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Michael D. Regan
Michael D. Regan
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A day after cyber attacks struck dozens of countries around the world, members of the G-7 on Saturday vowed to collaborate to offset future assaults.
In the “ransomware” attack, hackers took control of the computers, encrypting information found there and demanding a ransom of $300 or more to unlock a device.
The news of the hacks first broke on Friday, when Britain’s National Health Service disclosed that some of its hospital system had been virtually shut down after the software froze its phone and computer systems, causing widespread cancellations.
The list continued to grow on Friday night and Saturday to include FedEx, Russia’s Interior Ministry, a German railway company, schools in China and Indonesia, soccer clubs in Norway and Sweden and brokerage firms in Taiwan, among tens of thousands of others.
One security software company, Avast, told Reuters that its researchers saw more than 126,000 ransom software infections in 99 countries, with many of the strikes targeting Taiwan, Russia and Ukraine.
The European Union’s policy agency, Europol, said the barrage of computer viruses had reached “an unprecedented level” requiring a “complex international investigation to identify the culprits.”
No one has claimed responsibility for the cyber attack, which by Saturday had begun to subside after an unidentified British researcher who tweets at @MalwareTechBlog reportedly activated a “kill switch,” a code built into the ransomware that provided a way of stopping the attack. The researcher registered the kill switch’s domain name, and when the site went live it restricted the virus’ spread, including to the U.S., The New York Times reported.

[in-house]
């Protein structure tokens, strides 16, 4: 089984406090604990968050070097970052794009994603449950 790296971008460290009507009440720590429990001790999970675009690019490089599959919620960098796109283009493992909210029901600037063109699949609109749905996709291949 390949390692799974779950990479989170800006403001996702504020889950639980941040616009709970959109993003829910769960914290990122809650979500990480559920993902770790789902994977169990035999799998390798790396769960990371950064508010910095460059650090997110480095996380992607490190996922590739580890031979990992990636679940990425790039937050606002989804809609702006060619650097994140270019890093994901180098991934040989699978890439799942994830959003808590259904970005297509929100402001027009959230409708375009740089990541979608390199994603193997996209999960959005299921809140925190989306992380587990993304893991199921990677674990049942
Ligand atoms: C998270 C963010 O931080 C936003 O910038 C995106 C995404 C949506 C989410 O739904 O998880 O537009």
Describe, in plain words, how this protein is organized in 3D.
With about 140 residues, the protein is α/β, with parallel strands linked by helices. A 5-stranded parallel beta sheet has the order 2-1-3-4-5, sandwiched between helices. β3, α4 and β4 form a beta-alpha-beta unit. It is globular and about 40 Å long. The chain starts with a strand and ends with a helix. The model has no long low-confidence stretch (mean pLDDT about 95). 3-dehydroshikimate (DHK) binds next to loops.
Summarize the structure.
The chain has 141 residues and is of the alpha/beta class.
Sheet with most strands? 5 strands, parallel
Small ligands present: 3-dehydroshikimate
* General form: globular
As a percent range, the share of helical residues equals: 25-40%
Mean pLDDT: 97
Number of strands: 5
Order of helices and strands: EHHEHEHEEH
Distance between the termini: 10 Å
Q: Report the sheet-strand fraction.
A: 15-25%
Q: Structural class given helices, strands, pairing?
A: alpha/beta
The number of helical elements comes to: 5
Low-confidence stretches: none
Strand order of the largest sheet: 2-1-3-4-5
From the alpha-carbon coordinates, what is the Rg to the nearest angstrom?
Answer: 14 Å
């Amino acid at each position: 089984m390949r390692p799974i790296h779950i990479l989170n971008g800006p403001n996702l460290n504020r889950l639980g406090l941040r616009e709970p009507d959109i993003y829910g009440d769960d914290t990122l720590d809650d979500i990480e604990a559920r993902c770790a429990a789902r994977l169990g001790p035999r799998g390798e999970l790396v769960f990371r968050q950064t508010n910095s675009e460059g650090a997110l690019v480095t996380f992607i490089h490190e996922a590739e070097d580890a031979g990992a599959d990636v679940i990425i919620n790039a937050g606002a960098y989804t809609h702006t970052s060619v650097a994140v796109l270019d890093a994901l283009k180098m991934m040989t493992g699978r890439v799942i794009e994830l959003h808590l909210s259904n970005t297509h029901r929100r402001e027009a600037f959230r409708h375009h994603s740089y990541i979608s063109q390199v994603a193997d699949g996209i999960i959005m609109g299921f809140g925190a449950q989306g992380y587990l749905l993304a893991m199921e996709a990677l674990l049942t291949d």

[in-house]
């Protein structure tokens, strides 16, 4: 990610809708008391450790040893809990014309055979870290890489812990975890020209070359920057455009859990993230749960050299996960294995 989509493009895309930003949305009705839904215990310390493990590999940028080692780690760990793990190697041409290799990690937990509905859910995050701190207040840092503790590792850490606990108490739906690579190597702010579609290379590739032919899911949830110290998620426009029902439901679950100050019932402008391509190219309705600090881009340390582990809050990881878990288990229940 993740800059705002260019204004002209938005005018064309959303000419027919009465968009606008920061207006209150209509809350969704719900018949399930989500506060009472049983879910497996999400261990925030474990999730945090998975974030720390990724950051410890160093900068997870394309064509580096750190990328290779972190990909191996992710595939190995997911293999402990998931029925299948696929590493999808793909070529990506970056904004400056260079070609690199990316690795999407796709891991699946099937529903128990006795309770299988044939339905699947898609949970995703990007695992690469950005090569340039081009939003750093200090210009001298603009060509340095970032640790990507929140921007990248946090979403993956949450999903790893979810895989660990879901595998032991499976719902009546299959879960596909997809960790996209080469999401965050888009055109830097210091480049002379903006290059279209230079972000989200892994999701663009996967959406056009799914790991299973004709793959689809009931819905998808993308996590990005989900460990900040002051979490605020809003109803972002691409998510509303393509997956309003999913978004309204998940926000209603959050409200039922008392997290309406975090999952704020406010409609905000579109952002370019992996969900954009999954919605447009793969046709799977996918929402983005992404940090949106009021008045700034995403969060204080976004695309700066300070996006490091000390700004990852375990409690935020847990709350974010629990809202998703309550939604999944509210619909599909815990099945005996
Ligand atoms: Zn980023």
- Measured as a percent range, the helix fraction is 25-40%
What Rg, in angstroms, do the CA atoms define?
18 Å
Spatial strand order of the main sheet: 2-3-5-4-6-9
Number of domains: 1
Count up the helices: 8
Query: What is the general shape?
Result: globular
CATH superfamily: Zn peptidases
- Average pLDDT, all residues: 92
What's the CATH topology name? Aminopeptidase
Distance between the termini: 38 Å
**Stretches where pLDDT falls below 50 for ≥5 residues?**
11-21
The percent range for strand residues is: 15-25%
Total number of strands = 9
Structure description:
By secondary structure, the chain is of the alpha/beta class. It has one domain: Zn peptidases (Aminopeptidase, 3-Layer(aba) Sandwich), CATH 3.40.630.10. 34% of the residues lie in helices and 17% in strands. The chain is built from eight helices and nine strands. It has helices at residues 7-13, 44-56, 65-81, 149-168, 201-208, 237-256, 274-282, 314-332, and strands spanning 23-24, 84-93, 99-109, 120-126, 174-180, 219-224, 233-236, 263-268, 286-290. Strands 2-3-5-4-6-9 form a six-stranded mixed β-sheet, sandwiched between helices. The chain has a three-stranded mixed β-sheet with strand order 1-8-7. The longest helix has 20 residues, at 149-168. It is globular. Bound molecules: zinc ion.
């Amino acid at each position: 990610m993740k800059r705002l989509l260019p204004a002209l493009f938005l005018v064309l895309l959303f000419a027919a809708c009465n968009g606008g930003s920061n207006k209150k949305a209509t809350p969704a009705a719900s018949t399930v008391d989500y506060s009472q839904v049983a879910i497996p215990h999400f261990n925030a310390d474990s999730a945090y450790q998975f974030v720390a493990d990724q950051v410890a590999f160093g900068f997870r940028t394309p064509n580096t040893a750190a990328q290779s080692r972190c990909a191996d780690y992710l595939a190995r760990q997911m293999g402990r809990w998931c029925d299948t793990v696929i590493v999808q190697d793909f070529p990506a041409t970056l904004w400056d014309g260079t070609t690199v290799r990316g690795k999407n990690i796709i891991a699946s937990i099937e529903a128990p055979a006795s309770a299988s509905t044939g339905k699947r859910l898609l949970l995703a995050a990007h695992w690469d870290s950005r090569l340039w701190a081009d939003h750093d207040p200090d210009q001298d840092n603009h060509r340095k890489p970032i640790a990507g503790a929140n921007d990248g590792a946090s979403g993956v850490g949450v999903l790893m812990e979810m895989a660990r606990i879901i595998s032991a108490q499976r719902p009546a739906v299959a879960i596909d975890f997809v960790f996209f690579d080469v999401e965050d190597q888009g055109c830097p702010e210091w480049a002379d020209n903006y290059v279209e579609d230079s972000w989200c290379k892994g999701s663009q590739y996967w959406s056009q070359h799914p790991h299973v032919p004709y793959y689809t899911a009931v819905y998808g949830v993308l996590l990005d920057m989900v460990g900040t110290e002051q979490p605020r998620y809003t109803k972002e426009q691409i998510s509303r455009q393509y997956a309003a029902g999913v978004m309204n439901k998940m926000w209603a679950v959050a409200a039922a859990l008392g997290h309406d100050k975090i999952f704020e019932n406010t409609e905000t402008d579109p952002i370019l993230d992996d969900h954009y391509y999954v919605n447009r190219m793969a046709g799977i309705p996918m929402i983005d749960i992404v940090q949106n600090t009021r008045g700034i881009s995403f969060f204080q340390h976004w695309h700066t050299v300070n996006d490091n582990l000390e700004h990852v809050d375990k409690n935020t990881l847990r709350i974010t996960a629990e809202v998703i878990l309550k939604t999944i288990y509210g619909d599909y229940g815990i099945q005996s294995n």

The hackers were able to exploit a software program in Microsoft Windows that led to the software’s use as a form of a cyber weapon, deceiving users into opening malicious malware attachments.
“We are on a downward slope, the infections are extremely few, because the malware is not able to connect to the registered domain,” said Vikram Thakur, principal research manager at the cyber security firm Symantec. “The numbers are extremely low and coming down fast.”
Members of the G-7 in the U.S. Canada, France, Germany, Japan, Britain and Italy on Saturday pledged to work together to blunt the effects of future cyber attacks.
“We recognize that cyber incidents represent a growing threat for our economies and that appropriate economy-wide policy responses are needed,” they said in a statement.
Michael D. Regan is a Digital Editor for PBS NewsHour.
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